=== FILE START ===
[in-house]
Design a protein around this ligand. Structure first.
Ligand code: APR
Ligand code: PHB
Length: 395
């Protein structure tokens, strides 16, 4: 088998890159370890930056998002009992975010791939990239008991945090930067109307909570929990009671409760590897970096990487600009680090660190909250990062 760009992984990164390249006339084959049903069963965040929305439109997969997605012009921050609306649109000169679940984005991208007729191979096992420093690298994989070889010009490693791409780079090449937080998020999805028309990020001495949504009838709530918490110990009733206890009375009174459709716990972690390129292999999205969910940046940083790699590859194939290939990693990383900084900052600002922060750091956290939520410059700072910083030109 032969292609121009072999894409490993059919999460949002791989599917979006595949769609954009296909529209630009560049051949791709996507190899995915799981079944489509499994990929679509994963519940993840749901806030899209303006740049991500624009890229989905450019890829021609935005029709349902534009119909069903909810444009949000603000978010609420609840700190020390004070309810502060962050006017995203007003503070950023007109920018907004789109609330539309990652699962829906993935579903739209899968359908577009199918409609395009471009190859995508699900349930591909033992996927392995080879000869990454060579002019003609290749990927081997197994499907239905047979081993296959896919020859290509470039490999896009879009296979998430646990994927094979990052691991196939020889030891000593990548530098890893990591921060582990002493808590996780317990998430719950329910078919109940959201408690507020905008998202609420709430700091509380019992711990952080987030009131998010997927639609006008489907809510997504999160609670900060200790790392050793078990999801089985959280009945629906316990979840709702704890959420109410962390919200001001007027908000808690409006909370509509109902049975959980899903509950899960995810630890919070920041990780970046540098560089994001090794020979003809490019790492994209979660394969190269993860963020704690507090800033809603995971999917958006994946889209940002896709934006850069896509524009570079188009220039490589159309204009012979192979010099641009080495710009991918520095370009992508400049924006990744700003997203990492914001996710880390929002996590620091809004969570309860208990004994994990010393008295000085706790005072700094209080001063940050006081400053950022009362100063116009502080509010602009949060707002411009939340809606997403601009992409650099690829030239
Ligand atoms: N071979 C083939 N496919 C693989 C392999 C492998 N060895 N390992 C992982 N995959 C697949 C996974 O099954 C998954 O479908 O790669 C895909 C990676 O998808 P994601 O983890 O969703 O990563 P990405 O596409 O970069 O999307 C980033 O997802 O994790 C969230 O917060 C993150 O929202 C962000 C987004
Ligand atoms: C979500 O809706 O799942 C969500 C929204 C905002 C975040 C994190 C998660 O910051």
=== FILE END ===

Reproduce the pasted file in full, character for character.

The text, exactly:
[in-house]
Design a protein around this ligand. Structure first.
Ligand code: APR
Ligand code: PHB
Length: 395
């Protein structure tokens, strides 16, 4: 088998890159370890930056998002009992975010791939990239008991945090930067109307909570929990009671409760590897970096990487600009680090660190909250990062 760009992984990164390249006339084959049903069963965040929305439109997969997605012009921050609306649109000169679940984005991208007729191979096992420093690298994989070889010009490693791409780079090449937080998020999805028309990020001495949504009838709530918490110990009733206890009375009174459709716990972690390129292999999205969910940046940083790699590859194939290939990693990383900084900052600002922060750091956290939520410059700072910083030109 032969292609121009072999894409490993059919999460949002791989599917979006595949769609954009296909529209630009560049051949791709996507190899995915799981079944489509499994990929679509994963519940993840749901806030899209303006740049991500624009890229989905450019890829021609935005029709349902534009119909069903909810444009949000603000978010609420609840700190020390004070309810502060962050006017995203007003503070950023007109920018907004789109609330539309990652699962829906993935579903739209899968359908577009199918409609395009471009190859995508699900349930591909033992996927392995080879000869990454060579002019003609290749990927081997197994499907239905047979081993296959896919020859290509470039490999896009879009296979998430646990994927094979990052691991196939020889030891000593990548530098890893990591921060582990002493808590996780317990998430719950329910078919109940959201408690507020905008998202609420709430700091509380019992711990952080987030009131998010997927639609006008489907809510997504999160609670900060200790790392050793078990999801089985959280009945629906316990979840709702704890959420109410962390919200001001007027908000808690409006909370509509109902049975959980899903509950899960995810630890919070920041990780970046540098560089994001090794020979003809490019790492994209979660394969190269993860963020704690507090800033809603995971999917958006994946889209940002896709934006850069896509524009570079188009220039490589159309204009012979192979010099641009080495710009991918520095370009992508400049924006990744700003997203990492914001996710880390929002996590620091809004969570309860208990004994994990010393008295000085706790005072700094209080001063940050006081400053950022009362100063116009502080509010602009949060707002411009939340809606997403601009992409650099690829030239
Ligand atoms: N071979 C083939 N496919 C693989 C392999 C492998 N060895 N390992 C992982 N995959 C697949 C996974 O099954 C998954 O479908 O790669 C895909 C990676 O998808 P994601 O983890 O969703 O990563 P990405 O596409 O970069 O999307 C980033 O997802 O994790 C969230 O917060 C993150 O929202 C962000 C987004
Ligand atoms: C979500 O809706 O799942 C969500 C929204 C905002 C975040 C994190 C998660 O910051």